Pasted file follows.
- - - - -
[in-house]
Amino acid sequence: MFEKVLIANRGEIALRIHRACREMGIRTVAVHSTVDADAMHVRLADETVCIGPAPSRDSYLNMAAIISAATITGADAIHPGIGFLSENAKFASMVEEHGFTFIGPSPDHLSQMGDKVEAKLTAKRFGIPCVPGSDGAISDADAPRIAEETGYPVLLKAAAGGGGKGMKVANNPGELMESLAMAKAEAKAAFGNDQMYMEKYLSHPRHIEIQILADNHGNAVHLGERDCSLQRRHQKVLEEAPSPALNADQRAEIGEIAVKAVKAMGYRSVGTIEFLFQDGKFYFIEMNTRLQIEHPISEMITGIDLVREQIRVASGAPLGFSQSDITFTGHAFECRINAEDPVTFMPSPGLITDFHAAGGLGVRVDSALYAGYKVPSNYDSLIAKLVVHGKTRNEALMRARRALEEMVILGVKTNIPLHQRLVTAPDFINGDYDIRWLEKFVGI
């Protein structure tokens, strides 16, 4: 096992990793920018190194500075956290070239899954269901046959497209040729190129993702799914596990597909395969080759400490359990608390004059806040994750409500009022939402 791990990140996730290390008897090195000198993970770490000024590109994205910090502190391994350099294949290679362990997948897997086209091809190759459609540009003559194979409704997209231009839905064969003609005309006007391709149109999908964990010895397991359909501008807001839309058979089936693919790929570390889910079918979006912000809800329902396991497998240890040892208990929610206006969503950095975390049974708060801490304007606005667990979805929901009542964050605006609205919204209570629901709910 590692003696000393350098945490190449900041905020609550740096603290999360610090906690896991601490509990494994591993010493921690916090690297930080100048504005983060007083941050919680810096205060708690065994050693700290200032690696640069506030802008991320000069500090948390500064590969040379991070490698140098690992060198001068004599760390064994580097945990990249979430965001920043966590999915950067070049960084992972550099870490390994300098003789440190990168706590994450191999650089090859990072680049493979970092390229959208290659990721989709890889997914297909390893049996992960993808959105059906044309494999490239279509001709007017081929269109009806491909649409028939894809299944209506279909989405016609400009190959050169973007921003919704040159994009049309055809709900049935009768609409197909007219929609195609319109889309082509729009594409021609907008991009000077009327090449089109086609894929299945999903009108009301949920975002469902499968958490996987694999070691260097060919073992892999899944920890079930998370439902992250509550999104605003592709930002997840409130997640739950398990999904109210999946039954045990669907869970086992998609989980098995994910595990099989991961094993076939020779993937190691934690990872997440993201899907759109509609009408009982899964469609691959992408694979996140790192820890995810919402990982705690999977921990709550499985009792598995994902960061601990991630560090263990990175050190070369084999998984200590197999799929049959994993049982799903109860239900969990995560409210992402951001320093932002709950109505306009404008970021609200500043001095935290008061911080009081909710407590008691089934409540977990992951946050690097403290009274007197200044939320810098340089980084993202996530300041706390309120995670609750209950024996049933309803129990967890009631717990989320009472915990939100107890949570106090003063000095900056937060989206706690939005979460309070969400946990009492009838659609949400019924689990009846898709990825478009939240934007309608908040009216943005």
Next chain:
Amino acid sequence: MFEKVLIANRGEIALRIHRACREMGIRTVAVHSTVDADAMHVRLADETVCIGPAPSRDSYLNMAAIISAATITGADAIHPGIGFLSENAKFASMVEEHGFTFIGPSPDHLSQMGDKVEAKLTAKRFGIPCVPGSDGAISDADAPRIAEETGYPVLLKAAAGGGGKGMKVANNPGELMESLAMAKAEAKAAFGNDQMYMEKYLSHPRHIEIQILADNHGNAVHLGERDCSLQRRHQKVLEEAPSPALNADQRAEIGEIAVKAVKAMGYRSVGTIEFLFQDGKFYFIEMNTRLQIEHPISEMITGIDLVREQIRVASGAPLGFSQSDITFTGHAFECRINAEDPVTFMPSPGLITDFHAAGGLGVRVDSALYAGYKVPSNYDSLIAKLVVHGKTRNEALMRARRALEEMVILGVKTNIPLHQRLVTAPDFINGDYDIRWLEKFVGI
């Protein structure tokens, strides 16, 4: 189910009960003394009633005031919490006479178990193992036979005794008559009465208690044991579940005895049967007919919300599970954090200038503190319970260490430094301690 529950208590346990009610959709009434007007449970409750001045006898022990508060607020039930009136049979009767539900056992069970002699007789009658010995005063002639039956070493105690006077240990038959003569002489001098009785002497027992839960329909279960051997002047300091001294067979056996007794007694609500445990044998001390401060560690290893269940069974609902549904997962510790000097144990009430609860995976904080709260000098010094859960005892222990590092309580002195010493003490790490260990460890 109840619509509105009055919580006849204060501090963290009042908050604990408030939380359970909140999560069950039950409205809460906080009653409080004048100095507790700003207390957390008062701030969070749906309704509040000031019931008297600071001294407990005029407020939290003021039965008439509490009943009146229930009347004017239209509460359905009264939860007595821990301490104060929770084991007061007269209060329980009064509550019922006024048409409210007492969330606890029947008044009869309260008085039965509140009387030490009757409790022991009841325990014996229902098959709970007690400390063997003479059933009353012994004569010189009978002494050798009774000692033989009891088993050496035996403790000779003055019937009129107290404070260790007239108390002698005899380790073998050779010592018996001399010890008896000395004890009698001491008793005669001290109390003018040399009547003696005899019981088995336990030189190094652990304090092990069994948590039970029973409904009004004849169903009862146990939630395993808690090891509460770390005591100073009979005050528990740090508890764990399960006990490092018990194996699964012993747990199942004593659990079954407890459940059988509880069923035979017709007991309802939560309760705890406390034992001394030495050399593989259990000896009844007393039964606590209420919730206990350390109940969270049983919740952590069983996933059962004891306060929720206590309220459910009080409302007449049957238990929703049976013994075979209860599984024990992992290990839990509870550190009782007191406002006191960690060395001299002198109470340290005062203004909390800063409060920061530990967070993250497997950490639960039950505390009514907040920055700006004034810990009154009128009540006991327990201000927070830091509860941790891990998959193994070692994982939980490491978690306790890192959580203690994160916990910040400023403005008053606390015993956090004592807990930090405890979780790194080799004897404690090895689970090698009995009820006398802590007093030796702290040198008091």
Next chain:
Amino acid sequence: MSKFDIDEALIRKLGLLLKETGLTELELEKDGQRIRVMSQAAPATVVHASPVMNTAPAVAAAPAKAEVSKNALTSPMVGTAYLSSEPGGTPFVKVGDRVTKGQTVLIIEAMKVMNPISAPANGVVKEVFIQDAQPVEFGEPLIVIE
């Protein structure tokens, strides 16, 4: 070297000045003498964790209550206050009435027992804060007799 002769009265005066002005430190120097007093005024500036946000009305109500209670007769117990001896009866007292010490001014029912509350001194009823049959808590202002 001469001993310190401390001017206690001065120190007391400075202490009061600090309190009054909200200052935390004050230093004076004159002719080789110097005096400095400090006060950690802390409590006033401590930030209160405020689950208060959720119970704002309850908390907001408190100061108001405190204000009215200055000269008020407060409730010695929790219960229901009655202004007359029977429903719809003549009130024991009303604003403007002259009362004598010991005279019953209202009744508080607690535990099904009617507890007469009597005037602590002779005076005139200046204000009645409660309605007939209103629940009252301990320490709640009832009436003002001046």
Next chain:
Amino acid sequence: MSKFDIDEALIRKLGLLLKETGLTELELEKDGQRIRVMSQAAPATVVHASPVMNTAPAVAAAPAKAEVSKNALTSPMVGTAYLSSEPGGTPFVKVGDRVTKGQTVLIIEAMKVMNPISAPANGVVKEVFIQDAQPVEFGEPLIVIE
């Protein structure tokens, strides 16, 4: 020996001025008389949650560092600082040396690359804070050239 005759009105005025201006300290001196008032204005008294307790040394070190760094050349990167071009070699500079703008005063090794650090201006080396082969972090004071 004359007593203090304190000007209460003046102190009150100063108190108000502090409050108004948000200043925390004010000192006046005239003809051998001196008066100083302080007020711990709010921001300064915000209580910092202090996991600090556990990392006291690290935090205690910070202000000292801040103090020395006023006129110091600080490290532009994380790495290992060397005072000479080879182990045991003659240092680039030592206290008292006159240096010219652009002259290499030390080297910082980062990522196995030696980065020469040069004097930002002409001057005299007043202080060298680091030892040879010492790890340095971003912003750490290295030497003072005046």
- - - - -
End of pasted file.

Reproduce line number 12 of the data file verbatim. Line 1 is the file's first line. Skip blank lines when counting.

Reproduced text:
């Protein structure tokens, strides 16, 4: 020996001025008389949650560092600082040396690359804070050239 005759009105005025201006300290001196008032204005008294307790040394070190760094050349990167071009070699500079703008005063090794650090201006080396082969972090004071 004359007593203090304190000007209460003046102190009150100063108190108000502090409050108004948000200043925390004010000192006046005239003809051998001196008066100083302080007020711990709010921001300064915000209580910092202090996991600090556990990392006291690290935090205690910070202000000292801040103090020395006023006129110091600080490290532009994380790495290992060397005072000479080879182990045991003659240092680039030592206290008292006159240096010219652009002259290499030390080297910082980062990522196995030696980065020469040069004097930002002409001057005299007043202080060298680091030892040879010492790890340095971003912003750490290295030497003072005046």